June 18, 2011- Embedded computing systems must meet tight cost, power consumption, and performance constraints. If one design requirement dominated, life would be much easier for embedded system designers, i.e., they could use fairly standard architectures with easy programming models.
But because the three constraints must be met simultaneously, embedded system designers have to mold hardware and software architectures to fit the needs of applications. Specialized hardware helps to meet performance requirements for lower energy consumption and at less cost than would be possible from a general-purpose system.
As the name implies, hardware/ software co-design means jointly designing hardware and software architectures to meet performance, cost, and energy goals. Co-design is a radically different methodology than the layered abstractions used in general-purpose computing.
Because codesign tries to optimize many different parts of the system at the same time, it makes extensive use of tools for both design analysis and optimization.
Increasingly, hardware/software co-design is being used to design non-embedded systems as well. For example, servers can be improved with specialized implementations of some of the functions on their software stacks. Co-design can be applied to Web hosting just as easily as it can be applied to multimedia.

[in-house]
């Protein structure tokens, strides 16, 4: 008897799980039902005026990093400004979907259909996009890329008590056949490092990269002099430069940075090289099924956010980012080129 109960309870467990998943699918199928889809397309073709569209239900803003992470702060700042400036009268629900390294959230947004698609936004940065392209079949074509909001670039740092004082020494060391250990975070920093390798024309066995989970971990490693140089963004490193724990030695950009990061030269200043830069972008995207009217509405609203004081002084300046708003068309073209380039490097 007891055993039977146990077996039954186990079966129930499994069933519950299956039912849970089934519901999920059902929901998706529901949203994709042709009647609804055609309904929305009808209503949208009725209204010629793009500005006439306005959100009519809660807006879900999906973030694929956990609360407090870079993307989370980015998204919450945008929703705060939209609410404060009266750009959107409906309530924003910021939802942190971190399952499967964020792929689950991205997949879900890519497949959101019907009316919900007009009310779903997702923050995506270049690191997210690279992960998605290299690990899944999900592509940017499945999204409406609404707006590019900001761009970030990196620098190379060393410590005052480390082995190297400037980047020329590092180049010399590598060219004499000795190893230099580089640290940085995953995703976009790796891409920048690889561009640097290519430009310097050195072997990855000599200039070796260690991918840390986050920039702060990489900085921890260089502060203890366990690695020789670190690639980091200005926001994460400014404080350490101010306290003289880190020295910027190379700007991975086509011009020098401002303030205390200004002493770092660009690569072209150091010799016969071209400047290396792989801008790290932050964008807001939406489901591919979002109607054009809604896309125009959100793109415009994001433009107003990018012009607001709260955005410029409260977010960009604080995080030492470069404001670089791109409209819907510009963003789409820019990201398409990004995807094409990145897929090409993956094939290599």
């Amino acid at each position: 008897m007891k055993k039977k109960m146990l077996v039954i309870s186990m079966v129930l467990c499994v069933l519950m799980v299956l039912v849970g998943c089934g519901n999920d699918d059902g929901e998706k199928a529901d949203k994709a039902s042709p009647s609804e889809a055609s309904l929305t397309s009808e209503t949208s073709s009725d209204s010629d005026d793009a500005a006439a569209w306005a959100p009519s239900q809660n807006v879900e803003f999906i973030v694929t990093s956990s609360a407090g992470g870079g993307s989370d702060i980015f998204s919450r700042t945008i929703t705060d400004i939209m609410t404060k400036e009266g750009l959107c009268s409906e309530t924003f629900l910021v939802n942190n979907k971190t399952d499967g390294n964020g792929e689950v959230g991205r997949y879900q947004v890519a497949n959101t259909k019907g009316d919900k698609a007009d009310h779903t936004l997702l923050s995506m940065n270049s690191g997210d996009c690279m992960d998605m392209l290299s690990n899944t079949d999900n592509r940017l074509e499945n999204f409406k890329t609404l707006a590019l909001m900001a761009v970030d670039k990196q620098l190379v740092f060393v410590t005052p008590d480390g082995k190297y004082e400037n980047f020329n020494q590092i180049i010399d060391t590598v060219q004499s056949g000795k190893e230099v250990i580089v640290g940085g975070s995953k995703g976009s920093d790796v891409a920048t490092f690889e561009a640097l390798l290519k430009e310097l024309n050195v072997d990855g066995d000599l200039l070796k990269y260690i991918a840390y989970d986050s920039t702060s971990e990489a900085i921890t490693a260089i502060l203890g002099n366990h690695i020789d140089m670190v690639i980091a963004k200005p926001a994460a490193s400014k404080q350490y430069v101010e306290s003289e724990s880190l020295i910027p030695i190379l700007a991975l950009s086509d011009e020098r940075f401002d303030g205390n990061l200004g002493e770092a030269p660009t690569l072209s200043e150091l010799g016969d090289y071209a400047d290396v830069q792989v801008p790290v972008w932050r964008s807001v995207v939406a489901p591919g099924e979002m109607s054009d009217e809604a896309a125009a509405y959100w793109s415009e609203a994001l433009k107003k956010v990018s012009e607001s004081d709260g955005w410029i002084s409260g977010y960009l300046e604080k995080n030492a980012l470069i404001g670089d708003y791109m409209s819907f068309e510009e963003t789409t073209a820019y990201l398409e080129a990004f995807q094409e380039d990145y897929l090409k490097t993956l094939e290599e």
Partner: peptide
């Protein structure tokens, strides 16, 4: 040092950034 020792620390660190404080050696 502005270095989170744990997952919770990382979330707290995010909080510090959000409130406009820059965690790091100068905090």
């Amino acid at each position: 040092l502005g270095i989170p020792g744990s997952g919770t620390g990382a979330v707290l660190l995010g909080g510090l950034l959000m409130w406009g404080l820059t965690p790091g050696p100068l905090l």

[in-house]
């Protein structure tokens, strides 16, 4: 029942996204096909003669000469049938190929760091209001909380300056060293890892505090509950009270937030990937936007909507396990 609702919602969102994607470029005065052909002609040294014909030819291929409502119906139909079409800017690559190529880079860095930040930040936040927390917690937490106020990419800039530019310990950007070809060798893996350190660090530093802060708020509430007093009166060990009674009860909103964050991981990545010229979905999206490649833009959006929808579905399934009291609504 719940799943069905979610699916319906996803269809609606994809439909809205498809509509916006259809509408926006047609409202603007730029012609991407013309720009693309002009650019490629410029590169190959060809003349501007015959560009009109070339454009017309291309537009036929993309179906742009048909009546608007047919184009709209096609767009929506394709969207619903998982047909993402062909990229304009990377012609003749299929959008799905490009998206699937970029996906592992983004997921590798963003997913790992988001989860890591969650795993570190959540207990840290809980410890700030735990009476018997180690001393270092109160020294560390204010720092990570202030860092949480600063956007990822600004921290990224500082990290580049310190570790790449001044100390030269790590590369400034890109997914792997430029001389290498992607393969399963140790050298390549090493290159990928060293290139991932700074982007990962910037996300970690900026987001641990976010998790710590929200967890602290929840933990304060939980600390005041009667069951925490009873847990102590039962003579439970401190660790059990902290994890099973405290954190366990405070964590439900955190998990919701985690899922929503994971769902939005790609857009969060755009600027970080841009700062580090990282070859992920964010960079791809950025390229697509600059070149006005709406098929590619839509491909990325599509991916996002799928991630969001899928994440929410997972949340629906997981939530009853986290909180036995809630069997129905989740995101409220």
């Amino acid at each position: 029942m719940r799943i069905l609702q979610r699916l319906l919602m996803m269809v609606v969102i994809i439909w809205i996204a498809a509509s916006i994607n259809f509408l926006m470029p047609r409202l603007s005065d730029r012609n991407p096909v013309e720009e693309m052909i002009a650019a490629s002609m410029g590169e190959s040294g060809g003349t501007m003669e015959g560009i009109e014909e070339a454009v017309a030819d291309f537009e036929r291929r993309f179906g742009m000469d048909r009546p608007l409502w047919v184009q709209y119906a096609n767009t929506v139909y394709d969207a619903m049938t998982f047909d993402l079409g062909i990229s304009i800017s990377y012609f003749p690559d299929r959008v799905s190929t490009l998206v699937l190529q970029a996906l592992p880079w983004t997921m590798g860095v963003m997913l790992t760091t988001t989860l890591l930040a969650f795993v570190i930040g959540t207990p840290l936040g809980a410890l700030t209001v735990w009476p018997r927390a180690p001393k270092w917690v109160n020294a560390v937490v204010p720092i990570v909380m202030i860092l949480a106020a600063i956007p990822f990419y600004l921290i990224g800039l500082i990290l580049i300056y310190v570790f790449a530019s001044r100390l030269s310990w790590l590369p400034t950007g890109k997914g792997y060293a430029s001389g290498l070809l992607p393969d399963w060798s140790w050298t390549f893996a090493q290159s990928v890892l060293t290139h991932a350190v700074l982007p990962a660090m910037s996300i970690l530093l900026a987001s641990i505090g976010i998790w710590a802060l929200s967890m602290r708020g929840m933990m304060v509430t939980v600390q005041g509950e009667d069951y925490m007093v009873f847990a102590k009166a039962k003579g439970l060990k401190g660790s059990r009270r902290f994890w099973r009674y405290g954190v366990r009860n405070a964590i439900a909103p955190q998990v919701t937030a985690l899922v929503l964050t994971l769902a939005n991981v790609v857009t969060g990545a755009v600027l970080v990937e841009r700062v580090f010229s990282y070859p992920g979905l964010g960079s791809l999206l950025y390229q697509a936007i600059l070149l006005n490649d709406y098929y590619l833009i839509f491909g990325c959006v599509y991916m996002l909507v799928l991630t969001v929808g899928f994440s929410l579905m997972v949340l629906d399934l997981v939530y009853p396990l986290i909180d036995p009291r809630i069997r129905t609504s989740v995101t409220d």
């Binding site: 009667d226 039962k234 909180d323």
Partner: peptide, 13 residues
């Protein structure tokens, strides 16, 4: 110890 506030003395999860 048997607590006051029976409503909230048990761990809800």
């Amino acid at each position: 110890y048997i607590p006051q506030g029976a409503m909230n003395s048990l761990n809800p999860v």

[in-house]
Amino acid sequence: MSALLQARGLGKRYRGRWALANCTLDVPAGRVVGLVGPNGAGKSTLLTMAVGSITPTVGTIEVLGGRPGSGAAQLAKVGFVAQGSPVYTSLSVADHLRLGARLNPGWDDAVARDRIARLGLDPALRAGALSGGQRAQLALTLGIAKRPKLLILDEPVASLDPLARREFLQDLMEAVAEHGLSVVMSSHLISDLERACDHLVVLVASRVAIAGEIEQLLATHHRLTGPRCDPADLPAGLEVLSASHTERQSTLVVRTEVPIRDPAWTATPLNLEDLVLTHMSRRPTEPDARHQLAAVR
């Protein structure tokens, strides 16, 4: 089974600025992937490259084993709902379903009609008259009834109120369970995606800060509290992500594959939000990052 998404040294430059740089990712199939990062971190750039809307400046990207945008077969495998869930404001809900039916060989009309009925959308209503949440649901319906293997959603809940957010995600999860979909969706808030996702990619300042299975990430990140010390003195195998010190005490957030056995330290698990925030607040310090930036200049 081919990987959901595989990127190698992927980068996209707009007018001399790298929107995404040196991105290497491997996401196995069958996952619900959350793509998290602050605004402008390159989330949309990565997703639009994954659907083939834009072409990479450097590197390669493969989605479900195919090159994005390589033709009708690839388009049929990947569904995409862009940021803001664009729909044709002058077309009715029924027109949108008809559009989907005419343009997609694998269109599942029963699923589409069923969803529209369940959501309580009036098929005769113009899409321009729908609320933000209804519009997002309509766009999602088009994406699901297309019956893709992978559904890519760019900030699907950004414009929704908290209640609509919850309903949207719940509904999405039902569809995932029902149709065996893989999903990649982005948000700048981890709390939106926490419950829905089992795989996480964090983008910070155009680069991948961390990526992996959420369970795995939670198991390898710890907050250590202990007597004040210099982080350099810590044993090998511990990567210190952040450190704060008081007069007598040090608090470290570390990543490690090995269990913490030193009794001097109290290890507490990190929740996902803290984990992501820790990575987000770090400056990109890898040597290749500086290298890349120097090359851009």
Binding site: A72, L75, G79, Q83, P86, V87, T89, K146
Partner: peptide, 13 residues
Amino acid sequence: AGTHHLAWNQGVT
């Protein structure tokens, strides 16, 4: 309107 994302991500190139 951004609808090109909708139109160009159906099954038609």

In this series we will first take a brief look at some hardware platforms that can be used as targets for hardware/ software co-design, followed by examination of performance analysis, hard ware/ software co-synthesis and finally, hardware/ software co-simulation.
By Wayne Wolf. (Wolf is currently the Georgia Research Alliance Eminent Scholar holding the Rhesa "Ray" S. Farmer, Jr., Distinguished Chair in Embedded Computer Systems at Georgia Tech's School of Electrical and Computer Engineering (ECE).)
This brief introduction has been excerpted from the original copyrighted article.
View the entire article on the EE Times Embedded website.